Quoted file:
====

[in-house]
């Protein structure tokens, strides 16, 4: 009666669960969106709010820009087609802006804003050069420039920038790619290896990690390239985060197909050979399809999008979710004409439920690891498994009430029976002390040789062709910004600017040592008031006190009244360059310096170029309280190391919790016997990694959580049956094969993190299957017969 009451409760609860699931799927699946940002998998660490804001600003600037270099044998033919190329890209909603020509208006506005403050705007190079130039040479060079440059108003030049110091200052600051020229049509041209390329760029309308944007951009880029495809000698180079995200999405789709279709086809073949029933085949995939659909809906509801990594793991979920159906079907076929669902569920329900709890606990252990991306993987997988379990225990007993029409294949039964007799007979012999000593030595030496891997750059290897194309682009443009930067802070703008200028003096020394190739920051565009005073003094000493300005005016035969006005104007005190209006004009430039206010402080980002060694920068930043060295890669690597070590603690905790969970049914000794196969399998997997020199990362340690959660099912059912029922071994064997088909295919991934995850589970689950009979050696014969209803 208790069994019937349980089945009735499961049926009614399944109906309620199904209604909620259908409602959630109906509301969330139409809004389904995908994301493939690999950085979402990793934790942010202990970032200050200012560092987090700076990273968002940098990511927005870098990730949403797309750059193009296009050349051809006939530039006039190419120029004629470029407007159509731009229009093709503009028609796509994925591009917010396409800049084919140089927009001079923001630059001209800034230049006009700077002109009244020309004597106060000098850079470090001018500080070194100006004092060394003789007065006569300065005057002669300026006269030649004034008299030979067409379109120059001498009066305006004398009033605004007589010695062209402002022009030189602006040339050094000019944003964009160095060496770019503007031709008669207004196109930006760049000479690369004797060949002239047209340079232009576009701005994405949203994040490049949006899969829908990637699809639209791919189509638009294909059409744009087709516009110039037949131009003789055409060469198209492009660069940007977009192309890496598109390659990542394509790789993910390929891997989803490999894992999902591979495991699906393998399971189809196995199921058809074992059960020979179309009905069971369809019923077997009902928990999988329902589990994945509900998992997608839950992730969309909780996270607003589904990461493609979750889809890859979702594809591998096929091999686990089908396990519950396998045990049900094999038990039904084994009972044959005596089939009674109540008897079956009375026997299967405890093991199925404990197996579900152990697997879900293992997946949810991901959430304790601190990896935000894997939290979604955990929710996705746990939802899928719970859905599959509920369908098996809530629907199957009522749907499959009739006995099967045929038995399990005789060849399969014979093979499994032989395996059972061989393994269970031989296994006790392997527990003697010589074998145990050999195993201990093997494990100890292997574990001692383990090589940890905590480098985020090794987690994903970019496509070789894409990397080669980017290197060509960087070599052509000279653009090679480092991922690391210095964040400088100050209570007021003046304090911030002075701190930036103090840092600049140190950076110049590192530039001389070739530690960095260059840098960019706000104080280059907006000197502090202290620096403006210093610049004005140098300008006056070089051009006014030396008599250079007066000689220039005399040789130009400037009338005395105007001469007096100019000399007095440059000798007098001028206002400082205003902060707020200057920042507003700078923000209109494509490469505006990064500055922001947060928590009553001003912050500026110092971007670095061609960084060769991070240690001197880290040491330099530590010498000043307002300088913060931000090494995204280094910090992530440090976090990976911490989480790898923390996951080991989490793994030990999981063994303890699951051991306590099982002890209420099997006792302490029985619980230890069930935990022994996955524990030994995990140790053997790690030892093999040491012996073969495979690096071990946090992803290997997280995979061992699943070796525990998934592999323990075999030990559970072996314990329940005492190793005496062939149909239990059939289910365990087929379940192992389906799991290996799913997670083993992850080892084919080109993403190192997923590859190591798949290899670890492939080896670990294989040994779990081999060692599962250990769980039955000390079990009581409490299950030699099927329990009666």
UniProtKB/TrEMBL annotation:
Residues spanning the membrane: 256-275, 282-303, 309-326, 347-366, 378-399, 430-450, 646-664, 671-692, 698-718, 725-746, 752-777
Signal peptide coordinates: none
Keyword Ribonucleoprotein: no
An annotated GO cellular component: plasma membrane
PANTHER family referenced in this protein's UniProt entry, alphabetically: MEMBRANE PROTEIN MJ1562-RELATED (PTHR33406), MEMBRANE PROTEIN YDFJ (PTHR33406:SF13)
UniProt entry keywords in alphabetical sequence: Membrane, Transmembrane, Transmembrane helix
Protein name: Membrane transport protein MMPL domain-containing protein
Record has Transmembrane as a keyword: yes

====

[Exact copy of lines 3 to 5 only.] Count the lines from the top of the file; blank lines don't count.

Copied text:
UniProtKB/TrEMBL annotation:
Residues spanning the membrane: 256-275, 282-303, 309-326, 347-366, 378-399, 430-450, 646-664, 671-692, 698-718, 725-746, 752-777
Signal peptide coordinates: none